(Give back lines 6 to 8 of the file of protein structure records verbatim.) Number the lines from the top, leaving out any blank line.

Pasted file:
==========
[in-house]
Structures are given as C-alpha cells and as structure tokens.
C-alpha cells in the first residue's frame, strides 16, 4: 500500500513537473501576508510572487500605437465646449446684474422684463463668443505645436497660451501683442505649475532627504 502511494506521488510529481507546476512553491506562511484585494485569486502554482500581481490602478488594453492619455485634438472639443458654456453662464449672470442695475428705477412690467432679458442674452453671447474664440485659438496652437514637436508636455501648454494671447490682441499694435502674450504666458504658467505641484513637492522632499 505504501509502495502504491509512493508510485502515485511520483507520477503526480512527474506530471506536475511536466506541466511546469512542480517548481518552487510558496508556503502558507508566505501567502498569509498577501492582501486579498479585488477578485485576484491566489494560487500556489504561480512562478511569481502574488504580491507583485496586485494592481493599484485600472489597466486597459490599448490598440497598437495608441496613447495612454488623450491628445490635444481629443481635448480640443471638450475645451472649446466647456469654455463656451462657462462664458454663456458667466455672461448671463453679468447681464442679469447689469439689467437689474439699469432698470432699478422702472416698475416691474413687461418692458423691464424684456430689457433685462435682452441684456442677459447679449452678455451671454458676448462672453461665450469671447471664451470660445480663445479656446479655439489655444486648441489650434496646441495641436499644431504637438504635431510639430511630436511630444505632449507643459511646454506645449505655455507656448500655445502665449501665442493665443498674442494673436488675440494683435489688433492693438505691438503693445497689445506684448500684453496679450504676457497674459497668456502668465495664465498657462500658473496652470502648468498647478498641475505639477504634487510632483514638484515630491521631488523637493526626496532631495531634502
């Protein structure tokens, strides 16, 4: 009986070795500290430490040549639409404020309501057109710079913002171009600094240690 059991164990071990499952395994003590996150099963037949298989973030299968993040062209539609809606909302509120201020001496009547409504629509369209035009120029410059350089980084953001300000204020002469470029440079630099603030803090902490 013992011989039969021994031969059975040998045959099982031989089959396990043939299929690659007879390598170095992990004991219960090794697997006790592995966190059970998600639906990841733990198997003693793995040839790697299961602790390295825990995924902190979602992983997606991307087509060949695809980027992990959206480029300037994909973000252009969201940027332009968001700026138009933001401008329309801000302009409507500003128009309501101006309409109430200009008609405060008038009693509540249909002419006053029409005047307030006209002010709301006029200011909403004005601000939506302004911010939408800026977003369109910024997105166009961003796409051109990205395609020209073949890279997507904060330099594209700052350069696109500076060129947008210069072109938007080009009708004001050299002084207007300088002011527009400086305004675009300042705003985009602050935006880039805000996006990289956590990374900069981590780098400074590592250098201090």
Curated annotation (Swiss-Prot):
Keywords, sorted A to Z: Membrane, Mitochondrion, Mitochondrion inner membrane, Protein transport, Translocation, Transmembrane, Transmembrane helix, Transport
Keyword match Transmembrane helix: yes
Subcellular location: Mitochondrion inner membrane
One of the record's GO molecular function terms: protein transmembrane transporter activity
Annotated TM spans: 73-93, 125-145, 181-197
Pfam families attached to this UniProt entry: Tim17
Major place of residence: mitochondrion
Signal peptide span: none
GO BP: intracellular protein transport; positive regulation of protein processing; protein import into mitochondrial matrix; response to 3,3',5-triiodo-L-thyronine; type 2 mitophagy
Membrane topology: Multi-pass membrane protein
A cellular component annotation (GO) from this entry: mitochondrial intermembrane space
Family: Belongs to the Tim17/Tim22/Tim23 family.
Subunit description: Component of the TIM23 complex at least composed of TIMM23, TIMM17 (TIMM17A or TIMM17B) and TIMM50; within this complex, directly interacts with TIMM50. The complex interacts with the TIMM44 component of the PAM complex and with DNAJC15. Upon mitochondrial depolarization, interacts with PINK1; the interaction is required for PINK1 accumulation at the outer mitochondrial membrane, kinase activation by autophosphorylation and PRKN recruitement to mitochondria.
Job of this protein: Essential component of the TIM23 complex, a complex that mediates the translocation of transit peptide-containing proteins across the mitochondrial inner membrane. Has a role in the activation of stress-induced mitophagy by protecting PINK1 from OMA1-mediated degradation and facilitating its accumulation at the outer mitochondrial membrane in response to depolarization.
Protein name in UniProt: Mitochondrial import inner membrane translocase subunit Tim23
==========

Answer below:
Keywords, sorted A to Z: Membrane, Mitochondrion, Mitochondrion inner membrane, Protein transport, Translocation, Transmembrane, Transmembrane helix, Transport
Keyword match Transmembrane helix: yes
Subcellular location: Mitochondrion inner membrane